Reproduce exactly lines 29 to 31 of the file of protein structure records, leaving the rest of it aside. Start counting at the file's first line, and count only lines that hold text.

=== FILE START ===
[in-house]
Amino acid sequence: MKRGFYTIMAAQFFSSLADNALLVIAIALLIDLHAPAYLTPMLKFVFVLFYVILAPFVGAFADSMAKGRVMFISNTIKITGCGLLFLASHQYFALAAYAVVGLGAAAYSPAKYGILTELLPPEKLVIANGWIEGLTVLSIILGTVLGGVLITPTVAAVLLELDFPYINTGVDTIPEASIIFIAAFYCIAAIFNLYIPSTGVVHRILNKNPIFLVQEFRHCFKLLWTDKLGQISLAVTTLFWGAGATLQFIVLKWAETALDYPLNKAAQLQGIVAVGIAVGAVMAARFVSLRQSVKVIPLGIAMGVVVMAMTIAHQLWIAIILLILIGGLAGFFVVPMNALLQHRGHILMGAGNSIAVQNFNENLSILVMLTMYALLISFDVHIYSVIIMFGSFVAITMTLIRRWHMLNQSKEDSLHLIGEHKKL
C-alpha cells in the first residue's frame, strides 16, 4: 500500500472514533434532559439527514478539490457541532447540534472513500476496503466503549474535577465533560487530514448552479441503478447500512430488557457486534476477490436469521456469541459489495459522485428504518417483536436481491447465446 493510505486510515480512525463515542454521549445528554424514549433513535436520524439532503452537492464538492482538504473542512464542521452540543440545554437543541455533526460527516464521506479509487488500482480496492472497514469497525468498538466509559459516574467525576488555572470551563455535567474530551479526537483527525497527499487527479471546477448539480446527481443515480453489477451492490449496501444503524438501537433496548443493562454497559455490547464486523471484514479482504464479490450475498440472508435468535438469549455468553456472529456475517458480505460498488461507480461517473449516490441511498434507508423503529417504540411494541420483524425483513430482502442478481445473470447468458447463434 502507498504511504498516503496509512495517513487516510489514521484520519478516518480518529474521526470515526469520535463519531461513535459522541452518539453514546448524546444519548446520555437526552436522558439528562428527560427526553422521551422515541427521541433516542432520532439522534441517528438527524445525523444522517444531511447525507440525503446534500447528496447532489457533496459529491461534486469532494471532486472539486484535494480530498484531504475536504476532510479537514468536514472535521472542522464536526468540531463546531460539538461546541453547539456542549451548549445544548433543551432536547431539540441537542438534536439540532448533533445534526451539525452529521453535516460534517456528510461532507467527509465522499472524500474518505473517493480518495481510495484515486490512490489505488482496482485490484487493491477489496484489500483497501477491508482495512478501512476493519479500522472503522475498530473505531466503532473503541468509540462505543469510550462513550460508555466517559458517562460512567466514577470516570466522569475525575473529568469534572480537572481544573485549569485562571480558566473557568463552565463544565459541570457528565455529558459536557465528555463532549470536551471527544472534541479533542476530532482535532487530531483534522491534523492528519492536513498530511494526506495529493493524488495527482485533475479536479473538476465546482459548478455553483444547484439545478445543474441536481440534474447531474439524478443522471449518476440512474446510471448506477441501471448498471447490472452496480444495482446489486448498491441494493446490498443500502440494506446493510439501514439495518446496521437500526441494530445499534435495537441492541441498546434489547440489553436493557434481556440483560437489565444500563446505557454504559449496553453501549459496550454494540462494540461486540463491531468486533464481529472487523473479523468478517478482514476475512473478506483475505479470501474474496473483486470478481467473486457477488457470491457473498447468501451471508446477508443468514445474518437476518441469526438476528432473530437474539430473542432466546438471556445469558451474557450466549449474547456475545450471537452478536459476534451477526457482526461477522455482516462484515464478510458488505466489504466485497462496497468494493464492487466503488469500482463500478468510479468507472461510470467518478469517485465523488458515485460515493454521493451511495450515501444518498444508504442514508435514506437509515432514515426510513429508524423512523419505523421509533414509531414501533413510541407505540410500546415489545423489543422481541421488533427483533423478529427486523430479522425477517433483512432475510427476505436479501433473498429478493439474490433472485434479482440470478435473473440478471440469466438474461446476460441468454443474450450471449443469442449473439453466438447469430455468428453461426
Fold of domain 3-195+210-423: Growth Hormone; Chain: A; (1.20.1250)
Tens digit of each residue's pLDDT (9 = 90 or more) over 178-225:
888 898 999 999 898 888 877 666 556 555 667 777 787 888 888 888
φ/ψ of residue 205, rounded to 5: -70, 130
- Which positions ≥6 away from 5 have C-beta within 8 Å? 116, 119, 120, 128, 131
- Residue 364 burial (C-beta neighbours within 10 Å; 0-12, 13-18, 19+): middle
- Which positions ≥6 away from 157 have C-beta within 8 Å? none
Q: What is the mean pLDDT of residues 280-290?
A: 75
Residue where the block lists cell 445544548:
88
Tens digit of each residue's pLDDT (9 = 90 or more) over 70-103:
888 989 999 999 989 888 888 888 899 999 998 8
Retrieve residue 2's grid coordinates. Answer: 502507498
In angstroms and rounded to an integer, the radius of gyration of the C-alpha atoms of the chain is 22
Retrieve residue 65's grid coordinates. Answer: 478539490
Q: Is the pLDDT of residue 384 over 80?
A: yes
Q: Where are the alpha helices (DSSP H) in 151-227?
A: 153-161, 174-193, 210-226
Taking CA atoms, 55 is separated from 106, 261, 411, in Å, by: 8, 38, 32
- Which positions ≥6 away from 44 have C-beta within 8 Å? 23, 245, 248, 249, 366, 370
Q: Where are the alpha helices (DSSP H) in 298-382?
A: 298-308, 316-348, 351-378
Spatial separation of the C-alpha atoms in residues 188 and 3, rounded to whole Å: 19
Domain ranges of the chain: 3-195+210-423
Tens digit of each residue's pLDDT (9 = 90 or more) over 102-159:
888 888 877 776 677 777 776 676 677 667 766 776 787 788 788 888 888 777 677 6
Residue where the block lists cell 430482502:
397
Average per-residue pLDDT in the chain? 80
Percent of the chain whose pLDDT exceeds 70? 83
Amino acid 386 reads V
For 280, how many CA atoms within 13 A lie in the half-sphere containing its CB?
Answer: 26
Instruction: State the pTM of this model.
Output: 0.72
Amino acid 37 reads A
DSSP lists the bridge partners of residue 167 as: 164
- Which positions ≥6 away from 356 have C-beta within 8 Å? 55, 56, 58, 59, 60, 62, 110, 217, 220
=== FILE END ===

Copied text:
Domain ranges of the chain: 3-195+210-423
Tens digit of each residue's pLDDT (9 = 90 or more) over 102-159:
888 888 877 776 677 777 776 676 677 667 766 776 787 788 788 888 888 777 677 6